Every newborn photographer needs at least one good portrait lens. The 85mm f/1.2L from Canon’s popular L series is definitely one of the best portrait lenses out there for Canon users. A medium telephoto lens, it delivers ultra-sharp images with beautiful, creamy bokeh and features full-time manual focus override to give you maximum focusing control.
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While the other Nikon lenses on this list can also be considered quite versatile, the 50mm f/1.8G is still a great multipurpose addition to your collection of lenses. First, it’s a good portrait lens, as it can take incredibly sharp newborn pictures with beautiful, natural-looking background blur. It also has fast, precise, and extremely quiet autofocus (which is ideal for newborn photo shoots).
Ok, so let’s start by talking about how overwhelming this can seem for those of you who are just starting out. For example, if you search online for the top lenses you need for newborn photography, you’re going to be hit with a dozen articles all saying different things. Not only that, but some photographers will tell you that you absolutely NEED to have 4 or 5 lenses for newborn sessions. But I have found that that is simply not the case. For those of you beginners out there, here is some good news for you: I’m not going to tell you that you need to spend thousands of dollars and buy all of these lenses right now. When you’re just getting started, you really only need TWO good lenses for newborn photography. Yep, I said just two. These are the essential lenses that you need to get started. Number one is your go-to lens, and number 2 is a macro lens.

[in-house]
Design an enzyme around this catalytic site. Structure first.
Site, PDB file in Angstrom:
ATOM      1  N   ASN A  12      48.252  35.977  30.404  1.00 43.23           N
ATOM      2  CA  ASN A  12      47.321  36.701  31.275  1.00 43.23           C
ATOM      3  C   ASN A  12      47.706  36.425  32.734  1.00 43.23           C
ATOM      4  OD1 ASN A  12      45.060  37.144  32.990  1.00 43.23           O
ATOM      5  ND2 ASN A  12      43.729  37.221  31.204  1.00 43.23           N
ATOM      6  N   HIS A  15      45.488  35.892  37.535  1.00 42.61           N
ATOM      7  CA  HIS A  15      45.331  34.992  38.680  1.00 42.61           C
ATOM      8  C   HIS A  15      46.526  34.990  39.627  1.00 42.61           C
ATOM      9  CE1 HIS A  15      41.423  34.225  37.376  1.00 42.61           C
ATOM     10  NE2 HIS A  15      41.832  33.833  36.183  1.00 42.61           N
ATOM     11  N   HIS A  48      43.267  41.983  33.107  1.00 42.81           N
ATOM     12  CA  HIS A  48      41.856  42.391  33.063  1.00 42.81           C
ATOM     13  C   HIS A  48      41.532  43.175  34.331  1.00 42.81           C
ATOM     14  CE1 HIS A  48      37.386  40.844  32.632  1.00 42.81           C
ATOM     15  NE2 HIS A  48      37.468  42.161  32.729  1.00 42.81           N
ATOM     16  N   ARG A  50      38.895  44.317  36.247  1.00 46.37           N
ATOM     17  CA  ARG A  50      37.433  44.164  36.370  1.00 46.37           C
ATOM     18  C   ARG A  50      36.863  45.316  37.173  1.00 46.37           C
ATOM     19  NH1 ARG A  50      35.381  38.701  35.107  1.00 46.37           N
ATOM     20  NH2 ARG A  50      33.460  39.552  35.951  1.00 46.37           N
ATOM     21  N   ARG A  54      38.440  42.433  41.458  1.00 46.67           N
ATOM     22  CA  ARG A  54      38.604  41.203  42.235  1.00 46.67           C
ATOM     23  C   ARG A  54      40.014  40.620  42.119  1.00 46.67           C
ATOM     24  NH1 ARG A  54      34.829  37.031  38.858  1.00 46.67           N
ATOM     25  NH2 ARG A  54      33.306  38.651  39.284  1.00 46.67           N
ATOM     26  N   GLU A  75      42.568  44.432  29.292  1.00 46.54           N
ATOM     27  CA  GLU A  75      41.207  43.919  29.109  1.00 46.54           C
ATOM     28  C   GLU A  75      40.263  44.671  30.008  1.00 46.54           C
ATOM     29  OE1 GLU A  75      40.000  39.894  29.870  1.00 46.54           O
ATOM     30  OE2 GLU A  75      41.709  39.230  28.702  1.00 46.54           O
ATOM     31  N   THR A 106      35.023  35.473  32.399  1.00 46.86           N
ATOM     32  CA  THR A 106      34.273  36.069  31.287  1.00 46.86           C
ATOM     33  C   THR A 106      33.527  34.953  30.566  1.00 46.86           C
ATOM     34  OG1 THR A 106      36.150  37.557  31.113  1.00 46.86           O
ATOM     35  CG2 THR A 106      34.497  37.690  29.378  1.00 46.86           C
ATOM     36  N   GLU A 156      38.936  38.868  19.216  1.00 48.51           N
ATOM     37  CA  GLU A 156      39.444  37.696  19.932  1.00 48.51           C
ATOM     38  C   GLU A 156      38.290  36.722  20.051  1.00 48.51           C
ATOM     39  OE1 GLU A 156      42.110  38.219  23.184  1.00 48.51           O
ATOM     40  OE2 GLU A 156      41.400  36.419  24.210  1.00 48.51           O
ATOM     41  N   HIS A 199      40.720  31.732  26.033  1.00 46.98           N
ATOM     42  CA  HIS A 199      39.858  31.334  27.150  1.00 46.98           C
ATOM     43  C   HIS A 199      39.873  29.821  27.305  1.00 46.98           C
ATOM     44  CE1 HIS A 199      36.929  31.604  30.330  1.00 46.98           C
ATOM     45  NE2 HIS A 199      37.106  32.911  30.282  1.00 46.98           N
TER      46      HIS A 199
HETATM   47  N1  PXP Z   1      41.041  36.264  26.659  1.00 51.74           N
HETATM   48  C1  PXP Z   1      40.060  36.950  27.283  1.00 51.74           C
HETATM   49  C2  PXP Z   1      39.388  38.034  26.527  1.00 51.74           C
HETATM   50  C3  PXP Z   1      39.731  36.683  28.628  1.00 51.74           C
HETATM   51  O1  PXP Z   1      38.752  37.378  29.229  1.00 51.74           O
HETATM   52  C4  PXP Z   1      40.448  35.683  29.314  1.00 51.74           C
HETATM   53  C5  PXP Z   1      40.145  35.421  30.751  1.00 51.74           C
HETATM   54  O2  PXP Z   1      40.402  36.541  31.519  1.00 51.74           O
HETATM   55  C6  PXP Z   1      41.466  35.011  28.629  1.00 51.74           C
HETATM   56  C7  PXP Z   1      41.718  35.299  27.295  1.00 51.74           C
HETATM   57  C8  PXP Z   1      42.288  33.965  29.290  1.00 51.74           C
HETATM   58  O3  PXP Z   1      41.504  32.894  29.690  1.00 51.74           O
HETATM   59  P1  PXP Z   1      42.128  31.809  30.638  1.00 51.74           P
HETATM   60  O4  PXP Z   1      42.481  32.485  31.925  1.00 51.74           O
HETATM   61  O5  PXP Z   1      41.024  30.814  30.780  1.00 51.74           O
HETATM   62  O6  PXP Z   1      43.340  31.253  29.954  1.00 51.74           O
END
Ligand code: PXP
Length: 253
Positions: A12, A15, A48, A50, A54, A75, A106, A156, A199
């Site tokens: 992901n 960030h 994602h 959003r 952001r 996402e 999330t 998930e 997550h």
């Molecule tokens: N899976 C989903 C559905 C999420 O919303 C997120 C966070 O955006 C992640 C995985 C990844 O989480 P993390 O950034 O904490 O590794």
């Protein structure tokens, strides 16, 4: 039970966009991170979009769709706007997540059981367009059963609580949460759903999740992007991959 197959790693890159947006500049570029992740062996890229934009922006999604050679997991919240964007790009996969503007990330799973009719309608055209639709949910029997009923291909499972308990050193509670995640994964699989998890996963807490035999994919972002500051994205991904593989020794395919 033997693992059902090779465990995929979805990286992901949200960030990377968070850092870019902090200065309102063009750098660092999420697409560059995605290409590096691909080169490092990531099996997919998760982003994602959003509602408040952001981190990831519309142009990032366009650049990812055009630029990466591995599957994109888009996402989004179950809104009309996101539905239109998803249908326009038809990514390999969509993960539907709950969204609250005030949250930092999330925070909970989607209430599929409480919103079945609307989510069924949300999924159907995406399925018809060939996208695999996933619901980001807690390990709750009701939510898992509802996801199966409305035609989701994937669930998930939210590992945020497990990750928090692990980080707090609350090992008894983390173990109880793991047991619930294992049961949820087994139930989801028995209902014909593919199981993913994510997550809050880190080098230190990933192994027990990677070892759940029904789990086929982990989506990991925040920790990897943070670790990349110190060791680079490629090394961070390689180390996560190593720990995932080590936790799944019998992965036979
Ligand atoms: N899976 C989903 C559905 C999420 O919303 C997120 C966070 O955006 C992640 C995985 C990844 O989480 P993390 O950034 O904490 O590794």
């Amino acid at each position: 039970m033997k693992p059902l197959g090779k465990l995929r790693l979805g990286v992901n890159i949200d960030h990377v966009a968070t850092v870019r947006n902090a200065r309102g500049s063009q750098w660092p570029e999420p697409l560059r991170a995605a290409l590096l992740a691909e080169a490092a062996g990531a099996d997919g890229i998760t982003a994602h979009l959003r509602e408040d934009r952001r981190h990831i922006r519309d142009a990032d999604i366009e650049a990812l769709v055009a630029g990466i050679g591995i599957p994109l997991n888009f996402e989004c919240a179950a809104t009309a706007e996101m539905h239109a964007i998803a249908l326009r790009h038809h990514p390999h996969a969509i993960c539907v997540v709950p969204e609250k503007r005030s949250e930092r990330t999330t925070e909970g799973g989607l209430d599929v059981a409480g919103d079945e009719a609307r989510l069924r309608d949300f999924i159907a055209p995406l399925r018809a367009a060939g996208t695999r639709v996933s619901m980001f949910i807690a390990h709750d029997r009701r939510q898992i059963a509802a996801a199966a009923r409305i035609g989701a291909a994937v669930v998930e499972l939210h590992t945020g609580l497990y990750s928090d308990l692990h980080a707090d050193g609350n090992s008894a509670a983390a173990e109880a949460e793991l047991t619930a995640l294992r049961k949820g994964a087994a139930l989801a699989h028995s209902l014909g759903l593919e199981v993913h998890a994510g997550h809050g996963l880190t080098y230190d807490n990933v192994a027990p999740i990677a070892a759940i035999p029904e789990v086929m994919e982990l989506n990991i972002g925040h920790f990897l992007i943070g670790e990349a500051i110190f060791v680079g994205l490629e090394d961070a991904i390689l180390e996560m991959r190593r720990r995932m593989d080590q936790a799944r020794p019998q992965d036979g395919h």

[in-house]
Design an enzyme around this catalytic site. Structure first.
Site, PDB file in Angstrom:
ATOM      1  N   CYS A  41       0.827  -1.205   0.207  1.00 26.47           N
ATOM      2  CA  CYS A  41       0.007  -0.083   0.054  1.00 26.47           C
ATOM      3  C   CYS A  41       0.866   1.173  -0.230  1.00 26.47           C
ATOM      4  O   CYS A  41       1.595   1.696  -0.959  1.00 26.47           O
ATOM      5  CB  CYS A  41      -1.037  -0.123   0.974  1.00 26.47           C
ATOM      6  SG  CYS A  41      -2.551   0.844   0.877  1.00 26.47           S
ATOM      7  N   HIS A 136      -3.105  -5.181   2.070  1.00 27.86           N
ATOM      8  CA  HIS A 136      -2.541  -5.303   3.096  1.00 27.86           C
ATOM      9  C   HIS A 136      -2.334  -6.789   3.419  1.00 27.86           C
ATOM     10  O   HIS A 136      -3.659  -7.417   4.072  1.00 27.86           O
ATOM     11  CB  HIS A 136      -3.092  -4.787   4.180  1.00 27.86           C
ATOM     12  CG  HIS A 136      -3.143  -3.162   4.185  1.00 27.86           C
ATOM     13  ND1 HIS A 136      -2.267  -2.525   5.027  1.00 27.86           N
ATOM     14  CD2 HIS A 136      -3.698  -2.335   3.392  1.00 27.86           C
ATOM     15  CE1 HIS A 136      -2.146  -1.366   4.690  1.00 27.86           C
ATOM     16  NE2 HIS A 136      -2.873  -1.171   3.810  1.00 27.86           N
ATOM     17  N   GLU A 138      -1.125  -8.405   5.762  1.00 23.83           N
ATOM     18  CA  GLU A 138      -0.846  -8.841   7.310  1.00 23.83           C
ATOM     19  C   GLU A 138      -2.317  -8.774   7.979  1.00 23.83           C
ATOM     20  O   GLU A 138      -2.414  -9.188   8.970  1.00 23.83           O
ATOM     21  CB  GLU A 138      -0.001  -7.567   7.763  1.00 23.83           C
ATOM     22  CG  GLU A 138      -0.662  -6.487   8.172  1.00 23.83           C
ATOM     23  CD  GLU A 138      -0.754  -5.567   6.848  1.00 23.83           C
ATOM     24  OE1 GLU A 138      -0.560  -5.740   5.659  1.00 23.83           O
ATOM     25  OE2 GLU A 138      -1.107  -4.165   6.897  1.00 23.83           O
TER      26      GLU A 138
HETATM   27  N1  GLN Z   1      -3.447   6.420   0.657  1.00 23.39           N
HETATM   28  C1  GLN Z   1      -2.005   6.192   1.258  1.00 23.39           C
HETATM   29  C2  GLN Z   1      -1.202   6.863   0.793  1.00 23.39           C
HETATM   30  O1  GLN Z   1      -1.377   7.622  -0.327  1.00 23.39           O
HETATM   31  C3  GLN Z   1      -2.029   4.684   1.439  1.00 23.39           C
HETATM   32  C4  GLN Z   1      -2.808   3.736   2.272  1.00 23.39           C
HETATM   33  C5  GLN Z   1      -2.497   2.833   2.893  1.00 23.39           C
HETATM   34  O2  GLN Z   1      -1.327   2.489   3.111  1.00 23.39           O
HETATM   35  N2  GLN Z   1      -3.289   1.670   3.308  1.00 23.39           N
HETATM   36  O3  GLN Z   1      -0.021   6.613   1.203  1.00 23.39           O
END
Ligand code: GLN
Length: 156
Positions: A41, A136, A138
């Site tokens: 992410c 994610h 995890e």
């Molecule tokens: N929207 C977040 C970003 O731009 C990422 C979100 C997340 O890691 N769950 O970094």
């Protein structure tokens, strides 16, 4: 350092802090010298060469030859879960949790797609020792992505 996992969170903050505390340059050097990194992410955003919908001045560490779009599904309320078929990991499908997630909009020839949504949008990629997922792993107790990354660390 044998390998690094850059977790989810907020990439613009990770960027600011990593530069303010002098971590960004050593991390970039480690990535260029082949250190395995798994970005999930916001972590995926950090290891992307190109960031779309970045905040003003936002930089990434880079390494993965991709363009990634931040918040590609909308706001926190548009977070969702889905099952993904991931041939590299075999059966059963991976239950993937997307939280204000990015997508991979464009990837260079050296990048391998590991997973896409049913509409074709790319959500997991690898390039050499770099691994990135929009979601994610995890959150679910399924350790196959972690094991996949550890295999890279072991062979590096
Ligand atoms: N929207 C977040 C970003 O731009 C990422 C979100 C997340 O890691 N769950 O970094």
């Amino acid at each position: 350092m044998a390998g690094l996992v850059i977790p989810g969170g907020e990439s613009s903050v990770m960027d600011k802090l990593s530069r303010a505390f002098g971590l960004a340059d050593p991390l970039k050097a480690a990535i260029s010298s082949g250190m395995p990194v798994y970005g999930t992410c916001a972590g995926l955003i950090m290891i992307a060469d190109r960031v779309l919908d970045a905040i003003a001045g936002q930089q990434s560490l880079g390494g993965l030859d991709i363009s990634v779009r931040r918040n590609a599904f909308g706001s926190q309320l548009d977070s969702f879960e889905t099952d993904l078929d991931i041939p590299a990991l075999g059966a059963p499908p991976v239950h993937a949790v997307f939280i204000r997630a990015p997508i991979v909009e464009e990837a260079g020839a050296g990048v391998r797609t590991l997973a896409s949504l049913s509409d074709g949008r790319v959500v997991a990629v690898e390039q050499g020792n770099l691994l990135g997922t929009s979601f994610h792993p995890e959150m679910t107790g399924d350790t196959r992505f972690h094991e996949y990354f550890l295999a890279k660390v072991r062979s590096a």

I hope you found this post interesting! If you did – I’d love to hear from you! Or if you’re a newborn or baby photographer, I’d love to hear what lenses are your favourites.
Nonetheless, if you’re looking to take your newborn baby photography business to the next level, it certainly won’t hurt to have the best tools at your disposal. In this article, we’ll discuss some of the top camera lenses you should have on hand to get the best possible results from your maternity and newborn photo shoots.
The last thing you should consider when choosing your go-to lens is lens distortion. If you are going to be shooting up-close to your subject, then keep in mind that using a 35mm lens can really start to distort your subject. So for newborn sessions, for example, if you are shooting very close to the baby with a 35mm lens, some of baby’s features may appear too large or just disproportionate. And that’s not something we want. So the best option would be an 85mm, or a 50mm. Just something else to keep in mind while you are thinking about which lens is best for you.
Ok, so that’s it for now you you guys – I know I’ve given you a lot to think about when it comes to lenses and newborn photography. But just to wrap it up, here’s what you need: First, choose your go-to lens – I recommend either a 50mm, 85mm, or 35mm… and second, you will definitely want to use a macro lens for close-up detail shots of those sweet newborn babies.
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It also performs exceptionally well in low light and allows you to switch quickly between manual and autofocus.
The versatile Nikon 35mm f/1.4 works well with portraits, landscapes, weddings, and many other applications. Whether you’re shooting maternity photos or newborn baby portraits, this wide-angle lens by Nikon will give you great results. It has a fast maximum aperture for exceptional low-light performance, Nikon’s Silent Wave Motor for ultra-quiet operation, and a rounded 9-blade diaphragm for attractive bokeh.
Since you’re photographing people in your maternity and newborn photo shoots, a portrait lens (typically a medium telephoto lens) is a must. And because you need to capture the tinier details such as the baby’s toes, fingers, or eyelashes, you’ll also need a good macro lens.
Another perk? This lens features M/A Focus Mode Switch for quick, hassle-free switching between manual and autofocus operation, as well as Nikon’s Silent Wave Motor (SWM) for fast, accurate, and near-silent autofocus.
There are SO many lens options out there! Which one should you choose as a baby photographer? Each lens has its positives and negatives. Give a few of these a try before you buy and find out what suits you and your space best